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Brian Cronin, Author at Comics Should Be Good! @ Comic Book Resources - Page 3 of 549

Comic Book Six Degrees: Jonny Double to Johnny Dynamite

I name two comic book characters. You then have to connect the two using only shared appearances in comic books (official appearances in comics only – no cameos like Terry Austin sneaking Popeye into the background of a panel and no outside comic book appearances, like cartoons and the like). You have to do so using less than six comics total. Covers and pin-ups do not count – only actual appearances in the same comic book story (so it doesn’t count if they each appeared in separate stories inside the same anthology). Mythological characters, public domain characters (other than public domain comic book characters, they’re free game) and real people (by the way, unless a fake name is used for a real person, like Ronald Raygun or whatever, you can use the person even if they are not officially named in the comic) are unique to their own comic book appearances (so DC’s Thor is different than Marvel’s Thor, DC’s Ronald Reagan is different from Marvel’s Ronald Reagan, etc.). But a licensed character is the same in all of their various comic book companies (so the Marvel Red Sonja is the same as the Dynamite Red Sonja) and approved appearances by a real person can go across comic book companies, as well (so, for instance, you can use Marv Wolfman from his Teen Titans appearance to connect with Marv Wolfman in his Fantastic Four appearance – you just can’t use modern appearances by Jack Kirby from one company to connect to Jack Kirby appearances from Marvel Comics, since obviously Kirby can no longer give approval for his appearance). Approval tends to be the key.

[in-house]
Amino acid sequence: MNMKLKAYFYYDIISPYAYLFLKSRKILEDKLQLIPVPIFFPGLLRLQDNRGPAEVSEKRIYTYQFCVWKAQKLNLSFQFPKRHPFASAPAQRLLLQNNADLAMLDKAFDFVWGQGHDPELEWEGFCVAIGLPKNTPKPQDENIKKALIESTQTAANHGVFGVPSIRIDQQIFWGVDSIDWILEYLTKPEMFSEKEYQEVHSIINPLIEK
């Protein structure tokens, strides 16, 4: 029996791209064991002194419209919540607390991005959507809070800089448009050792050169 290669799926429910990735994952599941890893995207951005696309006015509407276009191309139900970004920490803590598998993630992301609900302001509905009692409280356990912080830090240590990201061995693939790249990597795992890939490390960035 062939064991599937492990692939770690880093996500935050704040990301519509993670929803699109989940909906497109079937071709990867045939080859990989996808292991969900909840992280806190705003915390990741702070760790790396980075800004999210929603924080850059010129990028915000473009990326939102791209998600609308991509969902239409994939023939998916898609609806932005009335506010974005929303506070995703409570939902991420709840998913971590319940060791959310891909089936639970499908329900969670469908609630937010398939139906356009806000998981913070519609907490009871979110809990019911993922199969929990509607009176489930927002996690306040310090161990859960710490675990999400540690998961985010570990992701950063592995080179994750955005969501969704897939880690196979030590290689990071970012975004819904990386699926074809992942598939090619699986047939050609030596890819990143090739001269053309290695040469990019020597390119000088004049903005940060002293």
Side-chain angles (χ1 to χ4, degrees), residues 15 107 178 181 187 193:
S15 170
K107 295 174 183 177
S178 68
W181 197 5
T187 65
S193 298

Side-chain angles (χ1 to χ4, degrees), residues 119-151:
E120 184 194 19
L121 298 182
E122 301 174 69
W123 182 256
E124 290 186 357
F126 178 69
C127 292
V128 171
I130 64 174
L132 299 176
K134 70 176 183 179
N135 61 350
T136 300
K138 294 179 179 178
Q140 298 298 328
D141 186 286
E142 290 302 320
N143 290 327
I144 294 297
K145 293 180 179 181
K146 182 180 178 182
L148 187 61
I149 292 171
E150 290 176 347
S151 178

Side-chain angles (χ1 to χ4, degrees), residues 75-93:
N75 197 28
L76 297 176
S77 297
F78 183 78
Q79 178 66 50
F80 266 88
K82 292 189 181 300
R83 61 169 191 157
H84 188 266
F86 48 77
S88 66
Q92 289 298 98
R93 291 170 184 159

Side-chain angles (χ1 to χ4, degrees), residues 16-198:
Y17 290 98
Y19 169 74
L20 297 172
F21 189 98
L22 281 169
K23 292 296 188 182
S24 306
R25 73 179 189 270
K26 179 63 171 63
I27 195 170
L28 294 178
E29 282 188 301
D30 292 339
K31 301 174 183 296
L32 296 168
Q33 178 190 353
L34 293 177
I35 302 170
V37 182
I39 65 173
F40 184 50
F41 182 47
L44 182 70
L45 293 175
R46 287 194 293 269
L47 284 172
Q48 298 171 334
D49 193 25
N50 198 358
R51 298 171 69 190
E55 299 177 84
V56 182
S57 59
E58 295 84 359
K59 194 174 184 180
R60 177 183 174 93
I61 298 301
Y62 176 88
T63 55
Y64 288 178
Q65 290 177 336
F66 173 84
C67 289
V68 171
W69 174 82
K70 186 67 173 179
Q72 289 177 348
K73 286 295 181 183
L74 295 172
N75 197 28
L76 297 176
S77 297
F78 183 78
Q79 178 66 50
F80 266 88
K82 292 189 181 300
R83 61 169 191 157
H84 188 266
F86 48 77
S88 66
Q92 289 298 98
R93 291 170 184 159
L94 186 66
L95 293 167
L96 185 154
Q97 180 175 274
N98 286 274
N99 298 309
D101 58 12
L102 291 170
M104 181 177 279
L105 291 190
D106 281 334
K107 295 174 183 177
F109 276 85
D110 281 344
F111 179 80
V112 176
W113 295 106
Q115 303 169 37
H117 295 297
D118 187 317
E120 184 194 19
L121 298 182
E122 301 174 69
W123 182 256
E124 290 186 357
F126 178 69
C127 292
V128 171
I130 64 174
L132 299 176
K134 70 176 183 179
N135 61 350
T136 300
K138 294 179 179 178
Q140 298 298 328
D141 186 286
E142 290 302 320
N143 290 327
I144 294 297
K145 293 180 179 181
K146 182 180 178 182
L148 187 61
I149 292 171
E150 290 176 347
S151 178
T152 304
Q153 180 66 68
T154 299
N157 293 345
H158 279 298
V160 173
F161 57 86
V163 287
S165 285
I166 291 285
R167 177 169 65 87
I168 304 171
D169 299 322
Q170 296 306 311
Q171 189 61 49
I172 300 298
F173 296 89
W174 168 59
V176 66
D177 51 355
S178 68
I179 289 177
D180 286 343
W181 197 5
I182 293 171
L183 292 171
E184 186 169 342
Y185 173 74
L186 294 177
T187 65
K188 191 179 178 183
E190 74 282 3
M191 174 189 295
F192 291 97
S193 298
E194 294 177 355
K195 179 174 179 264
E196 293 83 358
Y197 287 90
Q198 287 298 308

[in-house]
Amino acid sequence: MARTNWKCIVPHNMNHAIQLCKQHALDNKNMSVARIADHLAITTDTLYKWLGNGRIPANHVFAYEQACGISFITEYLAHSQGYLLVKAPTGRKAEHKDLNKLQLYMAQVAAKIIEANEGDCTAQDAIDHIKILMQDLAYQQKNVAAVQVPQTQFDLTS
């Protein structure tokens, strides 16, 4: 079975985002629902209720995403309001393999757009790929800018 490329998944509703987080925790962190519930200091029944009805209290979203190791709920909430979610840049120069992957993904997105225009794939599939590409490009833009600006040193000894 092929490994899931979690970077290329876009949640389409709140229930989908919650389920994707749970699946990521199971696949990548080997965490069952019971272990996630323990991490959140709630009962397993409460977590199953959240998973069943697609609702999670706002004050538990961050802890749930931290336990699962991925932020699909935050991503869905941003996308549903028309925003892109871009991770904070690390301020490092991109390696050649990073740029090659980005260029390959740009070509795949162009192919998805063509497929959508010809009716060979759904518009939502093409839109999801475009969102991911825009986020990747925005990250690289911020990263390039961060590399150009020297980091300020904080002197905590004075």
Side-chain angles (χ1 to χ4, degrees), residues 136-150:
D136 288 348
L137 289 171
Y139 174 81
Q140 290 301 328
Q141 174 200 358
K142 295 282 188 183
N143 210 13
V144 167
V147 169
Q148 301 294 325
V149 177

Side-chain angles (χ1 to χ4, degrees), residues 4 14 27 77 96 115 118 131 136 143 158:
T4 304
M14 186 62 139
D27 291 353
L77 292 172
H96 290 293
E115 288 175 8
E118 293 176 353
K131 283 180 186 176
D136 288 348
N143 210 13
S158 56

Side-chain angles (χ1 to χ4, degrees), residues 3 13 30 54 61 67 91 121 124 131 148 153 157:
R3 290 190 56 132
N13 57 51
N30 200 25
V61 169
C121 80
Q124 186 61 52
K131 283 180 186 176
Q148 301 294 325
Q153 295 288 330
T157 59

Every week, whoever connects the two characters in the least amount of turns gets to pick the next week’s match (in the event of a tie, the winner is chosen randomly among the people who sent in challenges for next week). Last time was Pinhead to Faceache. Eric H. was the only one to connect the two in three moves. Here is how Eric connected the two…

NOTE: Before I begin, let me again request that when you folks send in your answers to please include your suggestion for next week if your answer is chosen. Oh, and it would be nice if you demonstrate that it IS possible to connect your two suggested choices. Thanks!

Pinhead was in “Pinhead vs. Marshal Law” #1 with Marshal Law
Marshal Law was in “2000 AD” Prog 1280 with Robot Archie
Robot Archie was in “Albion” #1 with Faceache

Eric’s challenge is…

Jonny Double to Johnny Dynamite

E-mail me your answers at bcronin@comicbookresources.com. Do NOT post your answers in the comments section!

Whoever connects the two characters in the least amount of comics gets to pick the connection for next time around (I’ll pick a random winner in the event of a tie)!

Remember, only authorized appearances in comic books count (for instance, all the Marvel characters in Savage Dragon/Destroyer Duck do not count)!